All this begs the question: what to do with our pensioned-off judges, deemed too old at 70 to be of service any longer?
The answer was to be found in the Times last Thursday. Give them a job in the Commercial Court of Kazakhstan where it appears no age barriers apply. On the contrary, the court has appointed as its Chief Justice none other than Lord Woolf, who retired as Lord Chief Justice of England and Wales in 2005 and who will be taking up his appointment in his 85th year, beating even Lord Denning’s record. Added to that, he will soon be joined by relative youngsters Sir Rupert Jackson and Sir Jack Beatson, who retire shortly as LJs on reaching their 70th birthdays!
As the judicial brain-drain ebbs away to Kazakhstan on the grounds of age, there is, surely, some lesson there for the Powers-That-Be to learn?
Neill and Brooke LJJ (deceased)
It was with sadness that we have learned of the deaths of two stalwarts of the Court of Appeal, Sir Brian Neill (August 2 1923–24 December 2017) and Sir Henry Brooke (19 July 1936–29 January 2018). Sir Neill was a High Court judge from 1978 until his promotion to the Court of Appeal in 1985 and for Sir Henry, his respective appointments were 1988 and 1996. They retired in 1996 and 2006 respectively, although both continued to sit as deputies in the Court of Appeal until the statutory judicial retirement age took its toll on them too.
It is well known that prior to his appointment as a judge, Sir Brian Neill was a distinguished libel lawyer who had been instructed in numerous high profile actions, including cases involving Private Eye and Christine Keeler at the height of the Profumo scandal, but he also acted for the Sunday Times in Thalidomide, when the Government attempted and subsequently failed (in the European Court), to prevent the newspaper from publishing an article aimed at forcing Distillers to increase its compensation for the victims of the drug. Sir Brian also wrote and then edited several subsequent editions of Duncan and Neill on Defamation. After retirement, he became prominent in alternative dispute resolution and was an accredited international arbitrator and mediator.
Less well known is Sir Brian’s judicial experience being brought to bear in costs – see General of Berne v Jardine Reinsurance Management Ltd  1 Costs LR 1! This case was this co-editor’s first appeal (as in from him). It concerned the indemnity principle and whether the costs recoverable from a losing opponent in litigation are capped at the figure assessed, provided they do not exceed the sum which the successful party is liable to pay their own solicitor, or whether there should be an item by item comparison so that, as Sir Brian put it, “the figures in the contentious business agreement provide both a measure and a ceiling for each recoverable item of costs”.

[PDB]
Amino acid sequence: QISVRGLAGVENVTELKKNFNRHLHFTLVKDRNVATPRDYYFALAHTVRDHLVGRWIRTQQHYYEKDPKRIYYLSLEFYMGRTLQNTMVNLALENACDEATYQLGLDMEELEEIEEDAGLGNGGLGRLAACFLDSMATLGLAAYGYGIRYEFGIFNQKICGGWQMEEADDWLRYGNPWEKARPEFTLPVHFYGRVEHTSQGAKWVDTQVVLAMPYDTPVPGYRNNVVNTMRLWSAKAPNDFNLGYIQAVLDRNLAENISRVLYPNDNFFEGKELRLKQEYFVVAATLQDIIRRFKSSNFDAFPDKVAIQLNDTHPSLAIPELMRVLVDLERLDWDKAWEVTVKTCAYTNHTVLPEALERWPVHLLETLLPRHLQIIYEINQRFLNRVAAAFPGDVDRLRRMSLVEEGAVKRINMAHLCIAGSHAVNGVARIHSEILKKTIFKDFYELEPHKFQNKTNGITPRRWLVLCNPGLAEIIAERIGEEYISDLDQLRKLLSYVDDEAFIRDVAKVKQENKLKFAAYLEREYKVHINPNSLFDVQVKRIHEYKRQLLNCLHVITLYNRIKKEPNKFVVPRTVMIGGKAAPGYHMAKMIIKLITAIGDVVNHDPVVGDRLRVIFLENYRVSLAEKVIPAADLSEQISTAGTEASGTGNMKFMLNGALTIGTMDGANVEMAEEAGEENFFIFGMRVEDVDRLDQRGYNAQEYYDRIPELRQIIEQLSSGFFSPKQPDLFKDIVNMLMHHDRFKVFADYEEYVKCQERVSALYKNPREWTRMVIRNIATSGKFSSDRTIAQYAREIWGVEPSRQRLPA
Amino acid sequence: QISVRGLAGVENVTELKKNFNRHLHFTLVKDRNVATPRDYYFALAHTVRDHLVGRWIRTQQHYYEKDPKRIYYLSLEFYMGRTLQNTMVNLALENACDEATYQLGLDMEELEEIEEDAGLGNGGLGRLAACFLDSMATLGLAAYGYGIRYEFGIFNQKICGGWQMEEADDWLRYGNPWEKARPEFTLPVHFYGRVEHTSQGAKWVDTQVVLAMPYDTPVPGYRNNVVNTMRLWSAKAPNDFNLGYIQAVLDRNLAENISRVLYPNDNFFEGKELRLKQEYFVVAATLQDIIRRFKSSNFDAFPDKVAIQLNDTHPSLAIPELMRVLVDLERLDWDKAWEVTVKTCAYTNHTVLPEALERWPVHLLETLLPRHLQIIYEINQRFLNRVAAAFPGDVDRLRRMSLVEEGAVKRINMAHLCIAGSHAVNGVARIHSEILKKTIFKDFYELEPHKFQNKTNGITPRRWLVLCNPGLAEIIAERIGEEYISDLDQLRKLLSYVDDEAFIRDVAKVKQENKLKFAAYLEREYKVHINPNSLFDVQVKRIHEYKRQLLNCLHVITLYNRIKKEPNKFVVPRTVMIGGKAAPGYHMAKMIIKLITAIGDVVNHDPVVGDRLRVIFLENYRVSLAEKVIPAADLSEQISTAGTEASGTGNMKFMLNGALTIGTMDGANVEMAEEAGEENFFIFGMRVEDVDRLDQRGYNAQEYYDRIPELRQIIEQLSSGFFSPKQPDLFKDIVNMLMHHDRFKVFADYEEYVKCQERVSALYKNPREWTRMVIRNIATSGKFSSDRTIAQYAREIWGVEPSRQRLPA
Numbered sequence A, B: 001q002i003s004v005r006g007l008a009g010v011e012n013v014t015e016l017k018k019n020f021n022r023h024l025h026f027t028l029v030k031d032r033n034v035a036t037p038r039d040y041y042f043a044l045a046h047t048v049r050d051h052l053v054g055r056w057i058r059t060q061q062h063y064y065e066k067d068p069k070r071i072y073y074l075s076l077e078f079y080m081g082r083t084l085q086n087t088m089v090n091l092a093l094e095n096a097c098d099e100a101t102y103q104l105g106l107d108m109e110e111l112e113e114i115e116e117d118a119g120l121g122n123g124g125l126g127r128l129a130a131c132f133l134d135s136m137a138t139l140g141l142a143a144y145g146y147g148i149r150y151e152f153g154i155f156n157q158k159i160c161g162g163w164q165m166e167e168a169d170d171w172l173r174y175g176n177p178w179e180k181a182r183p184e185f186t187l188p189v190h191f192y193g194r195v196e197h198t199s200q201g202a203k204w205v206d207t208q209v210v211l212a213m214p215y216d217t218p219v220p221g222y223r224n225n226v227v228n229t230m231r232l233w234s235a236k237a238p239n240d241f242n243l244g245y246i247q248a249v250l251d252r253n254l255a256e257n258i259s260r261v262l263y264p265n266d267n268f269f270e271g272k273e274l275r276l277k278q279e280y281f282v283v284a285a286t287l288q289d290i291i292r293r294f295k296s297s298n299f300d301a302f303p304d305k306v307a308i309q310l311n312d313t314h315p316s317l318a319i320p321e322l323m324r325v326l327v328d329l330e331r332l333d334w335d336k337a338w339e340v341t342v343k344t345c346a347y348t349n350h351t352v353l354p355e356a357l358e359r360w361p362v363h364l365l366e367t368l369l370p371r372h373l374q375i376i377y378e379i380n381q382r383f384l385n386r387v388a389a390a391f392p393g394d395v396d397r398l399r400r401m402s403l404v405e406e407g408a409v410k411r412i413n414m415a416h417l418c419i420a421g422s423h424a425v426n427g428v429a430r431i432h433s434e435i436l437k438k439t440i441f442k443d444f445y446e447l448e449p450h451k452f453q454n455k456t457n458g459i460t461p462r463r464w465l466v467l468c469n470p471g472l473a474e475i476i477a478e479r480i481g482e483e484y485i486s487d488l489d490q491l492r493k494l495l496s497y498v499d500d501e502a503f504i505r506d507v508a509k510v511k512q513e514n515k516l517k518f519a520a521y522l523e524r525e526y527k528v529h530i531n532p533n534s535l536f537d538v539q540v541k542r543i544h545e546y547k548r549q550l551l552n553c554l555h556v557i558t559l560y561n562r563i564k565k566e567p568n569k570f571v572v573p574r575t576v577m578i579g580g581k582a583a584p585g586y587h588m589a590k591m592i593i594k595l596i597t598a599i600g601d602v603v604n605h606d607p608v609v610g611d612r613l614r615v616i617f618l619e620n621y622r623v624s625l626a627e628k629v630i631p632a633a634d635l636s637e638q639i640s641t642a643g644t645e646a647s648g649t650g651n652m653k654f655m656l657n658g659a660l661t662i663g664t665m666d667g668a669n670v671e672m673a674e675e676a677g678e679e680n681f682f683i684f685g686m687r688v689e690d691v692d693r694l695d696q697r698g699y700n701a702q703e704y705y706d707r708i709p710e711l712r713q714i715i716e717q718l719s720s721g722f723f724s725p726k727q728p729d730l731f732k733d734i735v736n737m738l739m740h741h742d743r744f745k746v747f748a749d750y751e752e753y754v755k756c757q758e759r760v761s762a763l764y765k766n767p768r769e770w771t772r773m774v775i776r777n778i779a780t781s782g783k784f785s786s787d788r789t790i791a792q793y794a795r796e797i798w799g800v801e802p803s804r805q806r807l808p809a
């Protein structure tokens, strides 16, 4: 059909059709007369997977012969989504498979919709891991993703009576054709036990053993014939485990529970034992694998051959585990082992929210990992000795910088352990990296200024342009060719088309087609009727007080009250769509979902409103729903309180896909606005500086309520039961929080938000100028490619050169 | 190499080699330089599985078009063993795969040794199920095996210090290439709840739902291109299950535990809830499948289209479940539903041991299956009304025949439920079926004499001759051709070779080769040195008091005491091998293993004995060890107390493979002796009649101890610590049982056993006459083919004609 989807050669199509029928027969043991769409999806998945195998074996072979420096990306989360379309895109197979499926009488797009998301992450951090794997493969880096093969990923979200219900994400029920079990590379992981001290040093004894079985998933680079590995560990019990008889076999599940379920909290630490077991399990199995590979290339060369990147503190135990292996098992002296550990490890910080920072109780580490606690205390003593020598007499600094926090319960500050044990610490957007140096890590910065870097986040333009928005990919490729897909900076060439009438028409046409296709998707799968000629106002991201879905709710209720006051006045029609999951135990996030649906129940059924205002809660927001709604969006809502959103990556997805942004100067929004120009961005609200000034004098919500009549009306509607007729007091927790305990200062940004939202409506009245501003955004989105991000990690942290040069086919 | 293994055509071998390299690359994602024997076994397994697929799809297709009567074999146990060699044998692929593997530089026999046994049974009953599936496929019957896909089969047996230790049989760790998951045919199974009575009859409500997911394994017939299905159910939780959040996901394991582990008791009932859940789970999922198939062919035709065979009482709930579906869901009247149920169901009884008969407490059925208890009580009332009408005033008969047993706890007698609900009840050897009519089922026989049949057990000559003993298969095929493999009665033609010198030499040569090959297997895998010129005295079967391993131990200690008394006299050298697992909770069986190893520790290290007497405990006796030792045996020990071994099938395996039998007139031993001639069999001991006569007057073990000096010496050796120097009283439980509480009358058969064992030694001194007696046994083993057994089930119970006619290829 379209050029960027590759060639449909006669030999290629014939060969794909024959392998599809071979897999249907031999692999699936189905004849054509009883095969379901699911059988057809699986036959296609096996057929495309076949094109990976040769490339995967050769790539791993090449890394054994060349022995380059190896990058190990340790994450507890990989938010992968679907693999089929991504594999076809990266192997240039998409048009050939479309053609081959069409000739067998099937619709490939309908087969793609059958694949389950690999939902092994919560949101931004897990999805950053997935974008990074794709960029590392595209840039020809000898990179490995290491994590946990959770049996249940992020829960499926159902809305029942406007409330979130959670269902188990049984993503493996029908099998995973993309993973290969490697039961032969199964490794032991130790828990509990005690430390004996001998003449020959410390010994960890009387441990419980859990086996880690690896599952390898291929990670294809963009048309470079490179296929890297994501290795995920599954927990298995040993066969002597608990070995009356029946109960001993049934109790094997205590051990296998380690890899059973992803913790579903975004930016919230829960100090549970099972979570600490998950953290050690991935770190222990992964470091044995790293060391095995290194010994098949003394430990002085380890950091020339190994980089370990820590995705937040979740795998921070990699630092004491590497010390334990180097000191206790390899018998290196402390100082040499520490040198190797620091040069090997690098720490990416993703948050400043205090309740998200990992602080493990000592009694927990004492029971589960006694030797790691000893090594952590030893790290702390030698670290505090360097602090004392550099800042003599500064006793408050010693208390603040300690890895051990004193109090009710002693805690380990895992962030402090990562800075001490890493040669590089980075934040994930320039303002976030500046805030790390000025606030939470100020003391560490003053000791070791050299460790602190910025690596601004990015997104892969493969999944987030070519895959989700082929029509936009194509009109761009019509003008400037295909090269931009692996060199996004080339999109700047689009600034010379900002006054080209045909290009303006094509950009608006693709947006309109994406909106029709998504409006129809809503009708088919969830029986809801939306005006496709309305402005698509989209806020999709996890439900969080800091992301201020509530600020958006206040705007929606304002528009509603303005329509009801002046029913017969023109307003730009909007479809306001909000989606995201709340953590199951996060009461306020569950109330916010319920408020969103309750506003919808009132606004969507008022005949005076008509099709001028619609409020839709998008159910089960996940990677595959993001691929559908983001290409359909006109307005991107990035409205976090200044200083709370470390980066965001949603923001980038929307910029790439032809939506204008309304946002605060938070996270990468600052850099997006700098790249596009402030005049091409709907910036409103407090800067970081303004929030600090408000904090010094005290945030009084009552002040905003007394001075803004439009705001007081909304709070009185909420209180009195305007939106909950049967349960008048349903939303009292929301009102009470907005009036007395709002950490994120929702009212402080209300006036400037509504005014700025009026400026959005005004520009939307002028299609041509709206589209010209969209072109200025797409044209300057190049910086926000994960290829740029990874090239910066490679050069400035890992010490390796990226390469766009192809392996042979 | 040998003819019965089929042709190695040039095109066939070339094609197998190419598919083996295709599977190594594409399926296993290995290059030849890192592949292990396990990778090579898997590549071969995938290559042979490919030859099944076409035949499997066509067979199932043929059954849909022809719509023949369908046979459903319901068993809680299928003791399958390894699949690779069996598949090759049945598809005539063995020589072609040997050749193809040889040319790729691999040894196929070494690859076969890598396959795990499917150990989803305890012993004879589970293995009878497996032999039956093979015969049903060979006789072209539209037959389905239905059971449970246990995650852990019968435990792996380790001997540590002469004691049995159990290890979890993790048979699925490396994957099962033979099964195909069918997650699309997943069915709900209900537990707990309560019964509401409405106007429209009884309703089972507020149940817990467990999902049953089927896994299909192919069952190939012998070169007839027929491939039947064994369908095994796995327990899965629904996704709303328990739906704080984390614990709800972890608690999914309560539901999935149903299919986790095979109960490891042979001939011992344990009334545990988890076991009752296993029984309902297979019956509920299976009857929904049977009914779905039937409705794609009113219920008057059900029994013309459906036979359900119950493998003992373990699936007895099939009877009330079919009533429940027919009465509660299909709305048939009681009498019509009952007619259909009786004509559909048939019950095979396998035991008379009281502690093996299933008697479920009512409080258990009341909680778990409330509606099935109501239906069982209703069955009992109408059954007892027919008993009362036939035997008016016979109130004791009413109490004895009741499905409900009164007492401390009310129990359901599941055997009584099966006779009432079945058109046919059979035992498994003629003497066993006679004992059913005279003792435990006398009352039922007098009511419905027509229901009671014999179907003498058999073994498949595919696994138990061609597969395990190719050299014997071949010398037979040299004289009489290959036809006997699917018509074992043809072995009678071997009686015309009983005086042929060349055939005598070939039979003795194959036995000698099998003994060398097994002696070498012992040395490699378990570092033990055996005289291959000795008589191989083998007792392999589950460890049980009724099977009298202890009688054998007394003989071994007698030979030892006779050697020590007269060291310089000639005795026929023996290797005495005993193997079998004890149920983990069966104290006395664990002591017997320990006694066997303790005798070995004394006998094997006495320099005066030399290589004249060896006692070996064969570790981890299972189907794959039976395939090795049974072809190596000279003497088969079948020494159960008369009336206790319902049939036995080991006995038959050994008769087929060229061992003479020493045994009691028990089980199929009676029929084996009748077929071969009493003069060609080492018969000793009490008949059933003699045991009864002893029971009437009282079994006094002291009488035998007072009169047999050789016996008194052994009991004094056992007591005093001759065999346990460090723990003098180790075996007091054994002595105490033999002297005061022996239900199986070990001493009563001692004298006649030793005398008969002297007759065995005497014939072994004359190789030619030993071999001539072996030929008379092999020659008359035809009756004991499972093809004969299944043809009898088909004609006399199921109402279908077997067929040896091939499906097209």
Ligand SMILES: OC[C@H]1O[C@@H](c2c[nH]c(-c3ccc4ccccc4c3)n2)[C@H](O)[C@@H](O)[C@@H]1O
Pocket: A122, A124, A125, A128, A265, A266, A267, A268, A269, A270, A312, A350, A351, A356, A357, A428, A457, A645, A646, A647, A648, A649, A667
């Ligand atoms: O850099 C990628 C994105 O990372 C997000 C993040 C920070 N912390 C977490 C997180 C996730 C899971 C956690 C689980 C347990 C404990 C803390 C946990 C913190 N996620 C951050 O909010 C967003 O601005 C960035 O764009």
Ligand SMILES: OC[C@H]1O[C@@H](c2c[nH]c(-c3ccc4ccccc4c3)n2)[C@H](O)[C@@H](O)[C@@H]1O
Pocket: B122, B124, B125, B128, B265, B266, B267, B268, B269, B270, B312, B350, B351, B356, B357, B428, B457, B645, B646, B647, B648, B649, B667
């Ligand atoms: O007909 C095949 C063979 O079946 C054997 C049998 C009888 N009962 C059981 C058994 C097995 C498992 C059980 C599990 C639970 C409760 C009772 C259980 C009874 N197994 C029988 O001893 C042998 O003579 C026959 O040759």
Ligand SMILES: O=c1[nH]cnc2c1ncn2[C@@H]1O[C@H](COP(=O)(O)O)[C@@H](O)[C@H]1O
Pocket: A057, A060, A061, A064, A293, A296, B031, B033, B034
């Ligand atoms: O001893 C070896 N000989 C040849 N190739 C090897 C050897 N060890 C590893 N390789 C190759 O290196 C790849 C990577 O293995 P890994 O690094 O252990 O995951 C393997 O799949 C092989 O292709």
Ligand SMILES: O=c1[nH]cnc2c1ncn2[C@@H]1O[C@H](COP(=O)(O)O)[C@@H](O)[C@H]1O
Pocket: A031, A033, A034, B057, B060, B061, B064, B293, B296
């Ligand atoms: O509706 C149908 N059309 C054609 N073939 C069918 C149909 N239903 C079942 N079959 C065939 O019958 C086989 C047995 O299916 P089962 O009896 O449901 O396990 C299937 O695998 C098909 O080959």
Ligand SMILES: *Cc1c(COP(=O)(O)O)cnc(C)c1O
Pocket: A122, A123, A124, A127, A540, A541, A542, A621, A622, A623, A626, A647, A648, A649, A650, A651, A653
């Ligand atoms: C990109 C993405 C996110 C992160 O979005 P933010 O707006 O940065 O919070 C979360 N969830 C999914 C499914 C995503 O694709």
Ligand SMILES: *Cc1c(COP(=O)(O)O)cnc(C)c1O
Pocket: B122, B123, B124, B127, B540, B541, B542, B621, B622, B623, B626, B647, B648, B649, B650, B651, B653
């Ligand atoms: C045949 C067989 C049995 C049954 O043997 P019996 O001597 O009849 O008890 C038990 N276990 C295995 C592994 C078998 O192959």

Opting for the latter, Sir Brian (with whom May LJ gave the leading judgment and Hirst LJ agreed) overturned the decisions below ( 2 Costs LR 66, Tuckey J) with the result that, on detailed assessment, the court must carry out an item-by-item approach. It has followed from that, that since General of Berne, if interim statute bills have been delivered to a client by the solicitor acting for the receiving party, the between-the-parties bill must be divided into parts for each invoice so rendered, to ensure that there has been no breach of the indemnity principle. Not a uniformly popular decision at the time, but if it was one that was correct in law, what do the consequences matter?
Finally, another fact even less well known about Sir Brian given his modesty (no Who’s Who mention about it) is his war record, a matter we suspect that many of those who appeared in front of him had no idea about. It is fitting to conclude this Bulletin tribute with the following extract from his newspaper obituary:
"In June 1943 he joined a mobile battalion attached to the 11th Armoured Division. Landing on D Day +5 he commanded a platoon supporting a detachment of Sherman Tanks, part of the force trying to drive the Germans from Caen.
On June 28 as part of Operation Epsom, they set out to dislodge a force with vastly superior Tiger Tanks from the strategic Hill 112, Neill losing five men from his platoon of 30. Next morning they reached the summit, but Neill was wounded in a fierce barrage and the force again withdrew.
Neill woke up 24 hours later in hospital in Swindon. A shell fragment had lodged in his liver and the surgeon told him it was too dangerous to operate.